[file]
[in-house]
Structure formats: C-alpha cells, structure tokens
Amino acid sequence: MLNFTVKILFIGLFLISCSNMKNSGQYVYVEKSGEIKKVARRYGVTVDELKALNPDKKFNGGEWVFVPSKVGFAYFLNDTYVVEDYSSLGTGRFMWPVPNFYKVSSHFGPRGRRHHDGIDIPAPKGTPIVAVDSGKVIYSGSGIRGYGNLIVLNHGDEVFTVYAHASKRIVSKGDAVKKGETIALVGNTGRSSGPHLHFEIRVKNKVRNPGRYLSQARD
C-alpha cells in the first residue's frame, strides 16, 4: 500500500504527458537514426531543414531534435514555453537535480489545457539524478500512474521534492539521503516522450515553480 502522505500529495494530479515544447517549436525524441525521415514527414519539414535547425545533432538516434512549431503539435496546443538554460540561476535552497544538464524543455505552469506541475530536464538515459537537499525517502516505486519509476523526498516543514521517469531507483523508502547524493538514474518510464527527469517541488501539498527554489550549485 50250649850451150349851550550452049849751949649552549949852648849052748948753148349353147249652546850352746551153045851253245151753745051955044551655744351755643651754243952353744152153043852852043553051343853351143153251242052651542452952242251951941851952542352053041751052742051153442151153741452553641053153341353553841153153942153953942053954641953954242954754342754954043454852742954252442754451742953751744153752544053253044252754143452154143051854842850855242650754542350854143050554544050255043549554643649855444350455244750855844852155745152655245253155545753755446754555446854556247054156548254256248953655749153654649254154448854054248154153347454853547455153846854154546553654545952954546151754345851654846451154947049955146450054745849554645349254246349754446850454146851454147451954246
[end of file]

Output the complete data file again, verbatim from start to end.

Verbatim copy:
[in-house]
Structure formats: C-alpha cells, structure tokens
Amino acid sequence: MLNFTVKILFIGLFLISCSNMKNSGQYVYVEKSGEIKKVARRYGVTVDELKALNPDKKFNGGEWVFVPSKVGFAYFLNDTYVVEDYSSLGTGRFMWPVPNFYKVSSHFGPRGRRHHDGIDIPAPKGTPIVAVDSGKVIYSGSGIRGYGNLIVLNHGDEVFTVYAHASKRIVSKGDAVKKGETIALVGNTGRSSGPHLHFEIRVKNKVRNPGRYLSQARD
C-alpha cells in the first residue's frame, strides 16, 4: 500500500504527458537514426531543414531534435514555453537535480489545457539524478500512474521534492539521503516522450515553480 502522505500529495494530479515544447517549436525524441525521415514527414519539414535547425545533432538516434512549431503539435496546443538554460540561476535552497544538464524543455505552469506541475530536464538515459537537499525517502516505486519509476523526498516543514521517469531507483523508502547524493538514474518510464527527469517541488501539498527554489550549485 50250649850451150349851550550452049849751949649552549949852648849052748948753148349353147249652546850352746551153045851253245151753745051955044551655744351755643651754243952353744152153043852852043553051343853351143153251242052651542452952242251951941851952542352053041751052742051153442151153741452553641053153341353553841153153942153953942053954641953954242954754342754954043454852742954252442754451742953751744153752544053253044252754143452154143051854842850855242650754542350854143050554544050255043549554643649855444350455244750855844852155745152655245253155545753755446754555446854556247054156548254256248953655749153654649254154448854054248154153347454853547455153846854154546553654545952954546151754345851654846451154947049955146450054745849554645349254246349754446850454146851454147451954246